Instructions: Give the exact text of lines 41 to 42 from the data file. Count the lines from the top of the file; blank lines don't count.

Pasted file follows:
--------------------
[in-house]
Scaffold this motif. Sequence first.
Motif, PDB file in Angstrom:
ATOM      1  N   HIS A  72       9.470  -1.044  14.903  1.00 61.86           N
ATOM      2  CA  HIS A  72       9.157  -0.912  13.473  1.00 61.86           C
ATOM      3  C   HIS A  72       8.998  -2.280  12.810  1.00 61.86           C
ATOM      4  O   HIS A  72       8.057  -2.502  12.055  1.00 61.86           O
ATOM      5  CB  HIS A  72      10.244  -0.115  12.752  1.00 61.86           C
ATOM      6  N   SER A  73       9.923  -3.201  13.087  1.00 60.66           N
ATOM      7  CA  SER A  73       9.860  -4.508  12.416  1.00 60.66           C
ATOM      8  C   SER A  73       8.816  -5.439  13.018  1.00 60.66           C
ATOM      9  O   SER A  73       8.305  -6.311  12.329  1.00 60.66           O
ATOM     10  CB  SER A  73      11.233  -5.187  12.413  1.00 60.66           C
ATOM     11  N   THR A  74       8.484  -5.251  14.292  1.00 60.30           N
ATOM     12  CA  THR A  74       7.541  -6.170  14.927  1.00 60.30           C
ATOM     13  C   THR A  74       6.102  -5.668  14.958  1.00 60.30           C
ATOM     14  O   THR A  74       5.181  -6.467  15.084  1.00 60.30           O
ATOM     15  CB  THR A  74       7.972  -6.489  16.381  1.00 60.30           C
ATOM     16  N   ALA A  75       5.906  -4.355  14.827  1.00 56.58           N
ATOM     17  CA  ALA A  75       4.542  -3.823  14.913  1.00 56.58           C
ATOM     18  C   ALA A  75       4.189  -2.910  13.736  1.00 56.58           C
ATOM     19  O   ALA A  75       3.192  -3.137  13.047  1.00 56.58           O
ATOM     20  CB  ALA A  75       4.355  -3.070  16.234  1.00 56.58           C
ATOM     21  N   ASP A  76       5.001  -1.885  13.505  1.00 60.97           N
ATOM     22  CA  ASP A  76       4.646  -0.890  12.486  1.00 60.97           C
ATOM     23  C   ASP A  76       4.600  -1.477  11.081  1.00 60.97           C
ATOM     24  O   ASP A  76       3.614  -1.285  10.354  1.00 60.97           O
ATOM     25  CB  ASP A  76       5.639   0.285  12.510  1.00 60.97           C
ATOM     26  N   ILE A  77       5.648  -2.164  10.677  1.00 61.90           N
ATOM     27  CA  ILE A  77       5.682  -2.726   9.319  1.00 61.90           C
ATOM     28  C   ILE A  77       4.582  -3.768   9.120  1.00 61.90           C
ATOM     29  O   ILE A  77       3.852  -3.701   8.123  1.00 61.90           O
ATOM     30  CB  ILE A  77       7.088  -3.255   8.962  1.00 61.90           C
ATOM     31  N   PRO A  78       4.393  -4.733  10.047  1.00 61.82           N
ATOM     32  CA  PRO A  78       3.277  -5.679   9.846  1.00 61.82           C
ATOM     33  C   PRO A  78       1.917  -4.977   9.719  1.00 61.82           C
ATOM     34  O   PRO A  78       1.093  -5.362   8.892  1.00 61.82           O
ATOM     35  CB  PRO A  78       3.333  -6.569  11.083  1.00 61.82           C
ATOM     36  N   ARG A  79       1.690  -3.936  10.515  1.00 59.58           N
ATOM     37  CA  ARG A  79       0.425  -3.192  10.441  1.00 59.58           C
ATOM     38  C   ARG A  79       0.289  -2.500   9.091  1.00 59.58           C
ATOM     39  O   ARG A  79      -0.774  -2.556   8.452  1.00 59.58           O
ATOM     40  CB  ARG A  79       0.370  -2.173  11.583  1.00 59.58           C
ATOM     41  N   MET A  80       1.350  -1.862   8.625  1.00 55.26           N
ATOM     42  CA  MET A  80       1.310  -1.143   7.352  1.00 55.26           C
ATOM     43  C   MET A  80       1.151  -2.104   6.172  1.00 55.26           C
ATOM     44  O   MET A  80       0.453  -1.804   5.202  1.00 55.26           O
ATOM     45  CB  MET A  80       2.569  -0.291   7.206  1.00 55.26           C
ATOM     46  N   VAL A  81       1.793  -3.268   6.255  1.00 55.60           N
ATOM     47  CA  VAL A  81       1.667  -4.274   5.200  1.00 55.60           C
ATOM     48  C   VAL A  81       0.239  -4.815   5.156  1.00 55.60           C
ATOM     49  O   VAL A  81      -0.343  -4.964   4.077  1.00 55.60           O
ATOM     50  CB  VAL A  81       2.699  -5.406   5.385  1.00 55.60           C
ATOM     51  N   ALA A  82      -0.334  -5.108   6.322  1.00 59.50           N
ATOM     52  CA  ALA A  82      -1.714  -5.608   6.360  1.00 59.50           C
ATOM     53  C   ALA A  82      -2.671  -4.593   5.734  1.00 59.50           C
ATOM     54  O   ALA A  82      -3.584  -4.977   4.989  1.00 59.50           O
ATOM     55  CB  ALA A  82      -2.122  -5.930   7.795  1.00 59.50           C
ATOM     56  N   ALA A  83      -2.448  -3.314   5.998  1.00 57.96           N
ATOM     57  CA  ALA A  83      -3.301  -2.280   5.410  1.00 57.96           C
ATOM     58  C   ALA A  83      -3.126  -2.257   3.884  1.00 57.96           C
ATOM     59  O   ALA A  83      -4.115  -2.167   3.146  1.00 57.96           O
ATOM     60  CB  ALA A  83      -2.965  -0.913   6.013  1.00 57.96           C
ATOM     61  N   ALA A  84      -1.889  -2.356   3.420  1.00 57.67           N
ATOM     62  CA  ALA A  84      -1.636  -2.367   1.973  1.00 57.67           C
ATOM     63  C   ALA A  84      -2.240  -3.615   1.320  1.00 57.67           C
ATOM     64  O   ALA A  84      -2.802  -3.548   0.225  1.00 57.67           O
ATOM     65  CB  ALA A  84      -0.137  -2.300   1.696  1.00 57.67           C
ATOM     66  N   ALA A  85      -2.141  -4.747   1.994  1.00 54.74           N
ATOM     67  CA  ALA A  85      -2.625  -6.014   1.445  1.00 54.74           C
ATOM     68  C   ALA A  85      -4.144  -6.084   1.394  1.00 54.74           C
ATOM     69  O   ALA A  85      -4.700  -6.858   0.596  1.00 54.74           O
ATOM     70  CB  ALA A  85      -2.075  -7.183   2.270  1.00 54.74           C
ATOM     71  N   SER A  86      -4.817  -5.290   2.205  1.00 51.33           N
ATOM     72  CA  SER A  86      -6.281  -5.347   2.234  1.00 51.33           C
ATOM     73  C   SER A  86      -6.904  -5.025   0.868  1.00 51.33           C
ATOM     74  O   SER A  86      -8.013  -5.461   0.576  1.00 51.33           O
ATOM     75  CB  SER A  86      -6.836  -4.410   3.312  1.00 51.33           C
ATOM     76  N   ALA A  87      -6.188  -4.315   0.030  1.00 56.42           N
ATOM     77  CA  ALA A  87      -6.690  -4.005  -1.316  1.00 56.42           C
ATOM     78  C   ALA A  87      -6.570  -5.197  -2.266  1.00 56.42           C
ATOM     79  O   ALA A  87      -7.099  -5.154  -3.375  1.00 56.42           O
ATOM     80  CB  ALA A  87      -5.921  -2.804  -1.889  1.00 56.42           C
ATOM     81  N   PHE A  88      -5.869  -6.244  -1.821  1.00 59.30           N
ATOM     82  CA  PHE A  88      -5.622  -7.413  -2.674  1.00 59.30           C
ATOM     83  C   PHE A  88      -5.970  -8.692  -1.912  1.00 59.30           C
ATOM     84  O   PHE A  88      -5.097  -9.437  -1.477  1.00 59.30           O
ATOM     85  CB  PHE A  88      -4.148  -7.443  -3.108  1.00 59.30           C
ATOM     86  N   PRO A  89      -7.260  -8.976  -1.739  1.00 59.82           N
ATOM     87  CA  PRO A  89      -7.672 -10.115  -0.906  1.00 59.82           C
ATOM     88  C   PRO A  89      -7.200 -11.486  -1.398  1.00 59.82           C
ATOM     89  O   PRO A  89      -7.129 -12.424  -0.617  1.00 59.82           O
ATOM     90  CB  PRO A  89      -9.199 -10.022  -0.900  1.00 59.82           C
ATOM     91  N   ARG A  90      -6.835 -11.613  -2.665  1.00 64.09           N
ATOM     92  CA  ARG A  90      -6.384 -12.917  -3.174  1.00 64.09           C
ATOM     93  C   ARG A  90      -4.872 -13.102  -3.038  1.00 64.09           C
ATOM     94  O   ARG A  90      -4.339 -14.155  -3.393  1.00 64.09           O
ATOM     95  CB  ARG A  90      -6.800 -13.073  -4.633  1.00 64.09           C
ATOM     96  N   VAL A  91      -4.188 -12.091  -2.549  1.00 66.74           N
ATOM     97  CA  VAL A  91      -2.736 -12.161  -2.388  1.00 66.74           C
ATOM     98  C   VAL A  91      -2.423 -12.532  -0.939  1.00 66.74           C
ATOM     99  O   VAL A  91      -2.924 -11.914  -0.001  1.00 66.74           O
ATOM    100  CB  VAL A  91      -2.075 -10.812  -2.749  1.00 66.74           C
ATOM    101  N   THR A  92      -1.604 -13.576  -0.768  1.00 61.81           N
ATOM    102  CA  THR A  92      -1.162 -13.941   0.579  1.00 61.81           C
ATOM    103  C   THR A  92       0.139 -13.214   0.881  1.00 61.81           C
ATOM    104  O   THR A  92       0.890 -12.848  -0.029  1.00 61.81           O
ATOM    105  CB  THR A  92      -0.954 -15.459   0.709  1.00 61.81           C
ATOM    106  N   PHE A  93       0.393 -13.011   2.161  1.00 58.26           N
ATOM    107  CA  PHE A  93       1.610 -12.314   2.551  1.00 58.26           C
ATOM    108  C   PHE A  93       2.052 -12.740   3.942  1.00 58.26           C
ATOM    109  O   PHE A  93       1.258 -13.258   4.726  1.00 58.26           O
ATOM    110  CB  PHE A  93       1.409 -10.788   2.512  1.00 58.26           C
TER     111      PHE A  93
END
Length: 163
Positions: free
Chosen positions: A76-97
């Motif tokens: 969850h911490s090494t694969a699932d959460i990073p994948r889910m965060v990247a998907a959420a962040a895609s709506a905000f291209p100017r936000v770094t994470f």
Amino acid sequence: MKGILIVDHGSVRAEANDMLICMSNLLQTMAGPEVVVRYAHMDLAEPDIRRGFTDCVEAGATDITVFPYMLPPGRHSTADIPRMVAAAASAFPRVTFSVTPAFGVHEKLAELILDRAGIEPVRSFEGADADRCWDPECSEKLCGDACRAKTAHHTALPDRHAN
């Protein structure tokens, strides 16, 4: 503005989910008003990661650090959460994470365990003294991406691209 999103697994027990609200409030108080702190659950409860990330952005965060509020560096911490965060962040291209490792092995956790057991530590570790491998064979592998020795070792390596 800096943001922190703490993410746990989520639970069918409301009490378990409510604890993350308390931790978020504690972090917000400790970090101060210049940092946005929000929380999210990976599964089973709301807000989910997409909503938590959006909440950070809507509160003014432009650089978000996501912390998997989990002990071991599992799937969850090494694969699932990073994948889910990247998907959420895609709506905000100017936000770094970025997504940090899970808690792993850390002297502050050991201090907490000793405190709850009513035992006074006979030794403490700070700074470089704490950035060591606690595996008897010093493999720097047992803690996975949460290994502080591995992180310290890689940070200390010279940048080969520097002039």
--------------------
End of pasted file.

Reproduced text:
ATOM     38  C   ARG A  79       0.289  -2.500   9.091  1.00 59.58           C
ATOM     39  O   ARG A  79      -0.774  -2.556   8.452  1.00 59.58           O